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Dhamma Wheel • View topic - Vipassana - to begin or not to begin?

Vipassana - to begin or not to begin?

General discussion of issues related to Theravada Meditation, e.g. meditation postures, developing a regular sitting practice, skillfully relating to difficulties and hindrances, etc.

Vipassana - to begin or not to begin?

Postby dumb bonbu » Wed Feb 04, 2009 10:25 am

hi folk, in need of a little advice. first a bit of background info...i started reading the Pali Canon this year in the hope it would enrichen my understanding and appreciation of the tradition i practice (Jodo Shinshu, Pure Land) and in a way, it is doing. but i'm feeling drawn to Theravada the more and more i investigate. i'm going to take my time reading from both traditions and over the course of this year and next, visit temples and centers belonging to both traditions. i don't want to mix and match traditions but neither do i want to make any snap decisions, that's why i'm planning to take my time.

Vipassana, or indeed any form of meditation doesn't really play a role in Jodo Shinshu so as regards that, i'm at a total beginners level. and to tell the truth, i'm not 100% on whether i should begin at all without first attending some lessons. would it do more damage than good? but recently i've come to realise the sheer wealth of information out there, especially podcasts by quite respected figures (Bodhi Bhikkhu, Thanissaro Bhikkhu etc). i realise the best option would be to find a teacher and i would certainly intend to but to get me started maybe online podcasts and lectures could help.

what are people's views? is it best to wait until i can attend lessons (there's no centres near to where i live so i would have to book time off work and go somewhere for a few days, which i'm more than happy and willing to do) or is there no reason why i couldn't make a start where i am? or would that do more damage than good? any advice is much appreciated!
Monks, even if bandits were to carve you up savagely, limb by limb, with a two-handled saw, he among you who let his heart get angered even at that would not be doing my bidding.
MN 21
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Re: Vipassana - to begin or not to begin?

Postby retrofuturist » Wed Feb 04, 2009 10:31 am

Greetings Dumb Bonbu,

It is best to go on a course, and spend some time giving it a go under the guidance of a teacher and/or a structured program. However, there is plenty you can do in the meantime.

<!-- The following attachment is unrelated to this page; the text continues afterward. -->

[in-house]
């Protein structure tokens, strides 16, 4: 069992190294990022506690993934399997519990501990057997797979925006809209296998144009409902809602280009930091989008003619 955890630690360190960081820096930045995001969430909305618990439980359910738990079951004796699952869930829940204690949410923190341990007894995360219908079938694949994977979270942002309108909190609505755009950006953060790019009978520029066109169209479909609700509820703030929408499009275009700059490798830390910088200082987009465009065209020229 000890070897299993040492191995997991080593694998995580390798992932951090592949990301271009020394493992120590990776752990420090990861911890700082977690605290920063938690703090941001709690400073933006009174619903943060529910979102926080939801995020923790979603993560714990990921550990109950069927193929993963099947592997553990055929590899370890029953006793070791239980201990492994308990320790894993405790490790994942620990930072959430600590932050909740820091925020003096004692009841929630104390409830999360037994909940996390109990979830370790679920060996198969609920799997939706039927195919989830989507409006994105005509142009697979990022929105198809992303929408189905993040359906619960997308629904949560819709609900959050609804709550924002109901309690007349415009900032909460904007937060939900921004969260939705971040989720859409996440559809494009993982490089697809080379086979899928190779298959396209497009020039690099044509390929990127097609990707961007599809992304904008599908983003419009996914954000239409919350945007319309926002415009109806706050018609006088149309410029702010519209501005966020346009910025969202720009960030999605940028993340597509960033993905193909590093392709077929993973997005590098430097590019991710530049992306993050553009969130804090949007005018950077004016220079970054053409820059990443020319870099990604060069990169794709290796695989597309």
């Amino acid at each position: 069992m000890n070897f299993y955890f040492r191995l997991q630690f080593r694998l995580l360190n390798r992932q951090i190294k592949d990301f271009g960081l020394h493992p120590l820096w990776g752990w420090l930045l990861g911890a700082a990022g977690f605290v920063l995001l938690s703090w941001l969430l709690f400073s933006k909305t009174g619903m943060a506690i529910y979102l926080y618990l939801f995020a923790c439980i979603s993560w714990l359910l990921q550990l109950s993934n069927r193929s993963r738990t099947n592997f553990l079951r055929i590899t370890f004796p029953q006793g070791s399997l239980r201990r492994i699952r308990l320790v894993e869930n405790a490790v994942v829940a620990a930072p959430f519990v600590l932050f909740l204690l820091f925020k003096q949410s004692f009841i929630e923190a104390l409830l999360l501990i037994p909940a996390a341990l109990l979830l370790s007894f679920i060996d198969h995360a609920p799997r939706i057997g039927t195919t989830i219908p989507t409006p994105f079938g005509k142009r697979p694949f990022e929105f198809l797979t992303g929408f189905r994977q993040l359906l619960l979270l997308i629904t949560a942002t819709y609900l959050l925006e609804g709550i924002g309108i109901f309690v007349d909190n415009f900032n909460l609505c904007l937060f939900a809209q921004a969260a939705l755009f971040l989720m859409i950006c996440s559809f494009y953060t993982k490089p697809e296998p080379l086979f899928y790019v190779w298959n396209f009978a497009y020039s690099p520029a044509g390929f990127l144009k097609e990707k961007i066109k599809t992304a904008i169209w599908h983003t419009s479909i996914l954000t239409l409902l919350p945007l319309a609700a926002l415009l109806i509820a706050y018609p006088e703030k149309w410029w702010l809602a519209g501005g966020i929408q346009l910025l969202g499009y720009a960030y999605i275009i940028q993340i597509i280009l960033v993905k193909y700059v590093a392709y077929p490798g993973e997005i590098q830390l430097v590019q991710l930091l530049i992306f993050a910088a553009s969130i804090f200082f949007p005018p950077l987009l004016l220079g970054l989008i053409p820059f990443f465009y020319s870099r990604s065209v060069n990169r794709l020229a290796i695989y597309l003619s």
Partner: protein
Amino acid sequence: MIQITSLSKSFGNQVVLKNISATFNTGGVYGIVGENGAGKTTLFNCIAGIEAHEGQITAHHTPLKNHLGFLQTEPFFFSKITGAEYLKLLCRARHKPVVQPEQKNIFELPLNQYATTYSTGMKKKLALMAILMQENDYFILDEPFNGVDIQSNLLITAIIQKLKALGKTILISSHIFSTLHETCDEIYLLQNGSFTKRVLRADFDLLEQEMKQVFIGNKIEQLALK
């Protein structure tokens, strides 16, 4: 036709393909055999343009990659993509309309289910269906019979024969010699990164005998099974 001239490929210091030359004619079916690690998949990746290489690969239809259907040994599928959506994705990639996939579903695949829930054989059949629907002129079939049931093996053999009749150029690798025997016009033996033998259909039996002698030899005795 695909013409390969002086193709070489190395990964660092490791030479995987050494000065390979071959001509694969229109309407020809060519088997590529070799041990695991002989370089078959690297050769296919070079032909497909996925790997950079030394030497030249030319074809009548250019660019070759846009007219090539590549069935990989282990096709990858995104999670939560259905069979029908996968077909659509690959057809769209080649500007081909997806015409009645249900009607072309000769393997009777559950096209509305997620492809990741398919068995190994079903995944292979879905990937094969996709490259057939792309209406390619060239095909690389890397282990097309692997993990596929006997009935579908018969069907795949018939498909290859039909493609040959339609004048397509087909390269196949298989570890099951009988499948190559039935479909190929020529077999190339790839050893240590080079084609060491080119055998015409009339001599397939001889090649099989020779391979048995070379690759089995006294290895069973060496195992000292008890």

Vipassana is generally based around the practices of the...

MN 10: Satipatthana Sutta
http://www.accesstoinsight.org/tipitaka ... .than.html

I very strongly recommend the text, "The Heart Of Buddhist Meditation" by Venerable Nyanaponika. You can't just read it online but you can buy it for a decent price at BPS ( http://www.bps.lk/ )

That said, there are also lots of free resources available on the net. The trap would be to try reading everything and thinking you need to do everything that each one says. There are different variations on the theme, and some you will find more useful than others.

Well that will do for now from me... unless you have any questions etc.

Metta,
Retro. :)
If you have asked me of the origination of unease, then I shall explain it to you in accordance with my understanding:
Whatever various forms of unease there are in the world, They originate founded in encumbering accumulation. (Pārāyanavagga)


Exalted in mind, just open and clearly aware, the recluse trained in the ways of the sages:
One who is such, calmed and ever mindful, He has no sorrows! -- Udana IV, 7


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Re: Vipassana - to begin or not to begin?

Postby jcsuperstar » Wed Feb 04, 2009 10:45 am

if you like ajahn brahm he's got guided meditations you can get as mp3s from his site www.bswa.org
thats a simple way to start
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the mountain may be heavy in and of itself, but if you're not trying to carry it it's not heavy to you- Ajaan Suwat
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Re: Vipassana - to begin or not to begin?

Postby thecap » Wed Feb 04, 2009 10:48 am

Hello friend

Do not be afraid, just do it. These excellent beginner's guides are commendable:
Basic Breath Meditation Instructions by Thanissaro Bhikkhu
Mindfulness in Plain English by Bhante Gunaratana
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Re: Vipassana - to begin or not to begin?

Postby dumb bonbu » Wed Feb 04, 2009 11:28 am

cool, i'll make a tentative start then!

It is best to go on a course, and spend some time giving it a go under the guidance of a teacher and/or a structured program. However, there is plenty you can do in the meantime.